Select the search type
  • Site
  • Web
You are here:   OldClasses > 2012 > Fungia fungites | Ben Murphy




Fungia fungites (Linnaeus, 1758)                                                

Common Mushroom Coral

Ben Murphy (2012)




Fact Sheet



Physical Description


Life History & Behaviour

Anatomy & Physiology

Evolution & Systematics

Biogeographic Distribution

Conservation & Threats

References & Links


This section details the broad ecology of F.fungites. Detailing its microhabitat, associations with other species and a guide to aid in finding this species on Heron Island.   


F.fungites are typically found in shallow reef areas of the Indo-Pacific (Hoeksema & Yeemin, 2011). On Heron Island of the Great Barrier Reef (GBR) they occur on both the reef crest and reef flat. They are predominantly found within cavities on the reef flat (Chadwick-Furman & Loya, 1992). Although individuals can also be found on sandy areas within the reef flat and in small shallow lagoonal areas just inshore of the reef crest. F.fungites may also be found on the reef slope, but this area could not be explored during field work due to dangerous tidal conditions and hence its distribution onto the reef slope could not be documented.


& Parasites

In accordance to the majority of scleractinian corals, F.fungites is host to symbiotic dinoflagellates commonly known as zooxanthellae (Ruppert et al, 2004). These dinoflagelaates belong to the Symbiodinium genus with Symbiodinium type C recorded in F.fungites from the GBR (LaJeunesse et al, 2004). These symbiotic dinoflagellates photosynthesise within the coral, providing energy to the coral.

Recently, work has begun identifying acoel flatworms (Convolutidae) and copepods (Anchimolgidae) which are associated with Fungiid corals. Twenty-six fungiid-associated copepod species have been recorded to date (Hoeksema et al, 2012). Although no associated species have been found within F.fungites yet,the probability is high that there will be associated copepods. I predict that with future work, associated flatworms and copepods will be found within F.fungites.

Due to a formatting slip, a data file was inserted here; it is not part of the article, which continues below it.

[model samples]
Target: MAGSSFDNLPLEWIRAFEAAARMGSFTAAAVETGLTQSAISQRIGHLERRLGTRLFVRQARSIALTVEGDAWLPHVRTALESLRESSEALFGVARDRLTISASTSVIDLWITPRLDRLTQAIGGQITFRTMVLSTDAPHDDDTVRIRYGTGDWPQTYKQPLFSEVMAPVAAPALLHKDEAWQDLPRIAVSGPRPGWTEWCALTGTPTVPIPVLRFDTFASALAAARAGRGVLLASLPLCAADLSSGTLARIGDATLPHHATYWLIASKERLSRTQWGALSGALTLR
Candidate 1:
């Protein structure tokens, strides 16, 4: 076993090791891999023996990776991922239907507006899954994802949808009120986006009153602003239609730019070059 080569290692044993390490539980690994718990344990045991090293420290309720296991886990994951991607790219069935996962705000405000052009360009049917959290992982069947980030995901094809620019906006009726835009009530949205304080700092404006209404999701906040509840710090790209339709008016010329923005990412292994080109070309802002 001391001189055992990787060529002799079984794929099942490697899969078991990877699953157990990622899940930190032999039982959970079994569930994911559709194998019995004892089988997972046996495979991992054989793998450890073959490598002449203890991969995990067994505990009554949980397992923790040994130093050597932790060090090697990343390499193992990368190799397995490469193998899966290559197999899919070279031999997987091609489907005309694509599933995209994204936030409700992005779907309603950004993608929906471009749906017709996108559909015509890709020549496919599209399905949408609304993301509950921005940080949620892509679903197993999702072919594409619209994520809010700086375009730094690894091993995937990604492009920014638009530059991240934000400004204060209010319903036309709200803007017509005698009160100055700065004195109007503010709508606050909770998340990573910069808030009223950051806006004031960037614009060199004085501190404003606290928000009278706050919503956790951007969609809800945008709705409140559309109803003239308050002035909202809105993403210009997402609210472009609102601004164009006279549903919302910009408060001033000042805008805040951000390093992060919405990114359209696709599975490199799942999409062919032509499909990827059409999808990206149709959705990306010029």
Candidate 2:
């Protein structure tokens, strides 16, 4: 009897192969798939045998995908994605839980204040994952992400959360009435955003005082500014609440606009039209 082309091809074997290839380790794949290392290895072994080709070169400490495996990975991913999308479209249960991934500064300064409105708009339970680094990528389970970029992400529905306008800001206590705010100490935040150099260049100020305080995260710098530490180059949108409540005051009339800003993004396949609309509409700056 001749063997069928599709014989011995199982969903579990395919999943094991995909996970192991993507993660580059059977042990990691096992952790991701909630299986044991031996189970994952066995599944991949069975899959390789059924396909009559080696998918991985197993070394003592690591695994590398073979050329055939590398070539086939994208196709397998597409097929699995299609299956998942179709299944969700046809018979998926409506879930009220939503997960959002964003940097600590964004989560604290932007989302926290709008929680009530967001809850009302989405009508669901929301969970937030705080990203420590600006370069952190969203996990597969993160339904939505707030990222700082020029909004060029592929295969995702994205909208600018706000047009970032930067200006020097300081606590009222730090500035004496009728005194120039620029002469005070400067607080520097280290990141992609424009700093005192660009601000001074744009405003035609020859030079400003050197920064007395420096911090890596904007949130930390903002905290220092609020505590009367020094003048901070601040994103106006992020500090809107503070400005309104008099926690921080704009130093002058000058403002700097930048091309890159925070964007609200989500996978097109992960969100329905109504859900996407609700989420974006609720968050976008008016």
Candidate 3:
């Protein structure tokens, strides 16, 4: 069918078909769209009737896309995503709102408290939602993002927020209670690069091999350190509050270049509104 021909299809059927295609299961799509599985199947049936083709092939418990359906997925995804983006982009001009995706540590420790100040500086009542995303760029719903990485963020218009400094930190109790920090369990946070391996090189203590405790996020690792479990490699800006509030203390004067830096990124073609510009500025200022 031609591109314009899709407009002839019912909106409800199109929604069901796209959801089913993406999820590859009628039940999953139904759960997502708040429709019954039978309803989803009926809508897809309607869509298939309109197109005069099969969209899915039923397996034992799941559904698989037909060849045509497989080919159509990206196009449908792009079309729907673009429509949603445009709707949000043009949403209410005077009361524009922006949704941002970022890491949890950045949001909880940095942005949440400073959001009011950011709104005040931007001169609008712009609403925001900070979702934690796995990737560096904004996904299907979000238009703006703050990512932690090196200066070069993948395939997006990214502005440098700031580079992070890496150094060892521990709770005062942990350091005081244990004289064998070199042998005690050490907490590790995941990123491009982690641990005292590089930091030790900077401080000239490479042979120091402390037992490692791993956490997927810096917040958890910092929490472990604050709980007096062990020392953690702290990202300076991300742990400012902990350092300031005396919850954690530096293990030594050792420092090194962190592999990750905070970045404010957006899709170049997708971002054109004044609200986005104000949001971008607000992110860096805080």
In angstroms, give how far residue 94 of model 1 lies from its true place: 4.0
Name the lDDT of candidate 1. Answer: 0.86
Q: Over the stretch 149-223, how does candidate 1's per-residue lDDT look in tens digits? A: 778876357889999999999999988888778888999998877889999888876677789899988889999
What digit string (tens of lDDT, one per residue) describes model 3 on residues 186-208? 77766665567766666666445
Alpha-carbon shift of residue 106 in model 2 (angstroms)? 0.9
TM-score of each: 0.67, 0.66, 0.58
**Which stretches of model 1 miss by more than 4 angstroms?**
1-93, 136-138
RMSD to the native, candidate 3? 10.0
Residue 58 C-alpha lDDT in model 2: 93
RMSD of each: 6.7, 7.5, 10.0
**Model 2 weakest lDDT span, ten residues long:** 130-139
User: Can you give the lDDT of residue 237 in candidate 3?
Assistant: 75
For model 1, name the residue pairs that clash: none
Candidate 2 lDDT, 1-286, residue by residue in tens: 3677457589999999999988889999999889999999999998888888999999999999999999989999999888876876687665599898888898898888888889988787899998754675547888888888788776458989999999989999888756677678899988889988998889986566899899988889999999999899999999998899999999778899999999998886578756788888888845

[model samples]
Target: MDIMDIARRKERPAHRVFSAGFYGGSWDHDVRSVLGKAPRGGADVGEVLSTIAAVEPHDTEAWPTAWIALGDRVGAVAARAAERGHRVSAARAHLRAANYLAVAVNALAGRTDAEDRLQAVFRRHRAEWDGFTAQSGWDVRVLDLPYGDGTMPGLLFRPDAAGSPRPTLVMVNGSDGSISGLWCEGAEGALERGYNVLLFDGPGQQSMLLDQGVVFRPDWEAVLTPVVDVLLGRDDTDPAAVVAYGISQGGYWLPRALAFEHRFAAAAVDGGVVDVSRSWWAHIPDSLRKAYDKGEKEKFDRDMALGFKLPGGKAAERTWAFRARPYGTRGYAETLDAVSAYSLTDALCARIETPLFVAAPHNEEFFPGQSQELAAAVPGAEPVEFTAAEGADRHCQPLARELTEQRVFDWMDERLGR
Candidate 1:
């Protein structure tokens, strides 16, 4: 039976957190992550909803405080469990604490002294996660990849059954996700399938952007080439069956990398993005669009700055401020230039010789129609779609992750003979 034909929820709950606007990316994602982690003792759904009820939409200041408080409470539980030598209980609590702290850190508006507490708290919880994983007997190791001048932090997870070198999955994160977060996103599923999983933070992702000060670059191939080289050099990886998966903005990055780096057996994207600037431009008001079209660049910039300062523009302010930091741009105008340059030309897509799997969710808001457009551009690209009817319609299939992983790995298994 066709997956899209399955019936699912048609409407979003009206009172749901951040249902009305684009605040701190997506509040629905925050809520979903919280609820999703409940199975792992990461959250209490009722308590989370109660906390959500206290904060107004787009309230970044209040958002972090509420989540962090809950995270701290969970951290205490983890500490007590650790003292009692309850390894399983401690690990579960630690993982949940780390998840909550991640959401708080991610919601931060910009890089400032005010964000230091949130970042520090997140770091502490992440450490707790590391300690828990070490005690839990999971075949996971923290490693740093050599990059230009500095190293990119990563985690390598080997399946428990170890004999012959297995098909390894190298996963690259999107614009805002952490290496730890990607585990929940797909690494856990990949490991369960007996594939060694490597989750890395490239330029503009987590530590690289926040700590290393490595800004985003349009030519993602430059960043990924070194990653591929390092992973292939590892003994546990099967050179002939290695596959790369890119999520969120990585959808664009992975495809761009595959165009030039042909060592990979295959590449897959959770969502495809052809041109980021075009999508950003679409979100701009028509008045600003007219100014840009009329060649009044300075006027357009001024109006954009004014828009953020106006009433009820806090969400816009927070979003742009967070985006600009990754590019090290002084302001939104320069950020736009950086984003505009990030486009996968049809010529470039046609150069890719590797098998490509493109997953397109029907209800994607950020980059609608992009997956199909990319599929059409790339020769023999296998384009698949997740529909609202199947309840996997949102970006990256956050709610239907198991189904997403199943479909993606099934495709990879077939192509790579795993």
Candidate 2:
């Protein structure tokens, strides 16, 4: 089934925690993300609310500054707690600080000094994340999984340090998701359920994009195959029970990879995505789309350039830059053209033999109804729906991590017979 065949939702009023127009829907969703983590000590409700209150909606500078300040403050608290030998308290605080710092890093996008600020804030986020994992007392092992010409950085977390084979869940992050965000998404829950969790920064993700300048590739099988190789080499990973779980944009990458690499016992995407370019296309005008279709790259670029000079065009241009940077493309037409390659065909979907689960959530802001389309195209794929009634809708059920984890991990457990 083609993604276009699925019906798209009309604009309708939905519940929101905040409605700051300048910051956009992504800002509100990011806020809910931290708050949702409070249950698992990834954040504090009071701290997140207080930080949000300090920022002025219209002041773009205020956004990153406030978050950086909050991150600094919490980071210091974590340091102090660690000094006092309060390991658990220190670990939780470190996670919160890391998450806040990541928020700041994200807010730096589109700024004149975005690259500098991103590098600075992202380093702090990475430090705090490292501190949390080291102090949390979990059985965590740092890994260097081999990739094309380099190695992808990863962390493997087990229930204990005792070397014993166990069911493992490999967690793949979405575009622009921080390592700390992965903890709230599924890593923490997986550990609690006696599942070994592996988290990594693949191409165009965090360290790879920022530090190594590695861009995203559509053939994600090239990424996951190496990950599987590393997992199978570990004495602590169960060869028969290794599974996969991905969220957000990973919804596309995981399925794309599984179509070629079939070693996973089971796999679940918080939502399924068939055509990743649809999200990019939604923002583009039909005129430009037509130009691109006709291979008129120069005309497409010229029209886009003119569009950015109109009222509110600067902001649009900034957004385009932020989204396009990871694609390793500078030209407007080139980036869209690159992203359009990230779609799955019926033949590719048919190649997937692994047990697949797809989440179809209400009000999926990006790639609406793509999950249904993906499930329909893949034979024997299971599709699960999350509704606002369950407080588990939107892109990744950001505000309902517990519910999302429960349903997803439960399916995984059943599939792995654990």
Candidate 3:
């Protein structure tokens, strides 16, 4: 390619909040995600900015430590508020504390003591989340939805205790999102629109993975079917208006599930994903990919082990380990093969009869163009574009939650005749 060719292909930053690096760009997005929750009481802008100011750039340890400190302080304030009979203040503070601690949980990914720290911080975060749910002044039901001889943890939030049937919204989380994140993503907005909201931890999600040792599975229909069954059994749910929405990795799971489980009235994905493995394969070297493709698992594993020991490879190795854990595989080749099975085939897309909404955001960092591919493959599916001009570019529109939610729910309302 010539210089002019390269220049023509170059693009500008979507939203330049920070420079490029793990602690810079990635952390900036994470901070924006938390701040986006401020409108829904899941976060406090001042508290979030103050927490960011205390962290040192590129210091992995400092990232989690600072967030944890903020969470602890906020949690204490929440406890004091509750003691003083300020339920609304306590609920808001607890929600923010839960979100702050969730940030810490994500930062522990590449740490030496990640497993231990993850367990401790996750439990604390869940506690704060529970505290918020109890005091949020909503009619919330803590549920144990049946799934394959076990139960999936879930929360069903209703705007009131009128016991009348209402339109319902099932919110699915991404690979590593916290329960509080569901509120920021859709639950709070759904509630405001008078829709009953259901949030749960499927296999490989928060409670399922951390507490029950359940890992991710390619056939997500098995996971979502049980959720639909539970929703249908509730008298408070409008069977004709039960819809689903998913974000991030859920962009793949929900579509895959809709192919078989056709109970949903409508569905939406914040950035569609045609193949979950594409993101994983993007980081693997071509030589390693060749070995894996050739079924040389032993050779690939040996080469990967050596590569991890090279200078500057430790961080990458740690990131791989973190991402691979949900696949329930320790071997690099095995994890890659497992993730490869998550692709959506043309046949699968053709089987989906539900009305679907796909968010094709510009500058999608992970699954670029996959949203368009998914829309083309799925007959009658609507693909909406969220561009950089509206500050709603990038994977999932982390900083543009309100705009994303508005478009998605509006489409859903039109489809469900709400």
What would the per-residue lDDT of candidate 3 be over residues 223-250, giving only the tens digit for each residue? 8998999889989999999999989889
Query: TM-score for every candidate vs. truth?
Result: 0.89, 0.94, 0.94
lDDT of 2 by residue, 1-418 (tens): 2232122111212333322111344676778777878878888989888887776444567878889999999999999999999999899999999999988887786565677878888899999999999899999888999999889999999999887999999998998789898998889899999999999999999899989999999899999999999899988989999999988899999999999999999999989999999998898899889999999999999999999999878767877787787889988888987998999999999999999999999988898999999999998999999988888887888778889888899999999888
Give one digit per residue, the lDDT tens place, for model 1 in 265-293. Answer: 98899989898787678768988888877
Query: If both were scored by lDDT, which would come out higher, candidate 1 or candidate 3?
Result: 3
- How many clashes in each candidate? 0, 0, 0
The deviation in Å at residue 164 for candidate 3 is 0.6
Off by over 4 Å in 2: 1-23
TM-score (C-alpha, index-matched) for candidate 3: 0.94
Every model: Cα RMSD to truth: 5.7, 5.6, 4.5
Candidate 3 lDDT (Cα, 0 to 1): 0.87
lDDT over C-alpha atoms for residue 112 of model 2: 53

Six species of barnacle have been recorded to be using F.fungites as a host, they include: Anchimolgus hastatus, Anchimolgus orectus, Asteropontius fungicola, Odontomolgus flammeus and Zazaranus fungicolus (Hoeksema et al, 2012). The effect of the boring action of barnacles into Fungid corals are thought to be minor (Glynn, 1997).


The crown of thorns starfish (Acanathaster planci), has been documented to readily predate on F.fungites, but this is only after more preferred coral species are not present (Pratchett, 2007). Because the more preferred species are abundant corals such as Acropora and Montipora species, I predict that A.planci has little effect on populations of F.fungites.


Chadwick-Furman & Loya (1992) revealed that Fungiids are competitively dominant over non-Fungiid scleractinian corals. The Fungiids, including F.fungites actively damage other corals when they come into contact, while they do not damage each other. This defence mechanism actively prevents the fungids corals from being overgrown by more massive colonial coral species. There were no observed aggressive interactions between fungids and soft octocorals.

Experimentation with extracts from F.fungites by Fearon & Cameron (1997) demonstrated the presence of toxins which are capable of killing pre- and post-settlement Scleractinian corals. Therefore F.fungites are able to chemically defend their position on the reef by larval and settled corals.This toxicity also prevent other corals from settling directly onto the F.fungites. 

These two defensive mechanisms are likely the means for the formation of the cavities that F.fungites inhabit. I propose that the active inhibition of  growth of corals in the close vicinity to a F.fungites coral created the cavity that the polyps inhabit. This is a result of the polyps protecting themselves from being covered by new coral growth and instead the surrounding corals grow up andaround them, creating cavities. 

Therefore F.fungites act to reduce the growth of the reef on very small local scales. It would be interesting to undertake further study to determine how these cavities are used after the coral inhabiting it dies. These uninhabited areas may be important in allowing new colonizers into reefs.


The most reliable method to find F.fungites on the reef is to walk the reef flat on low tide. By walking on top of the reef flat you can easily find F.fungites located in cavities. This is done by looking for their distinctive brown coloration, as it is markedly different form the other reef flat inhabitants. Care should be taken while walking on the reef flat as it is easy to damage coral and other reef species.



(2 objects, created 5/6/2011)

Album: This is a private album that is not visible to anonymous users Great Barrier Reef Invertebrates



Album: 2012

Album: 2011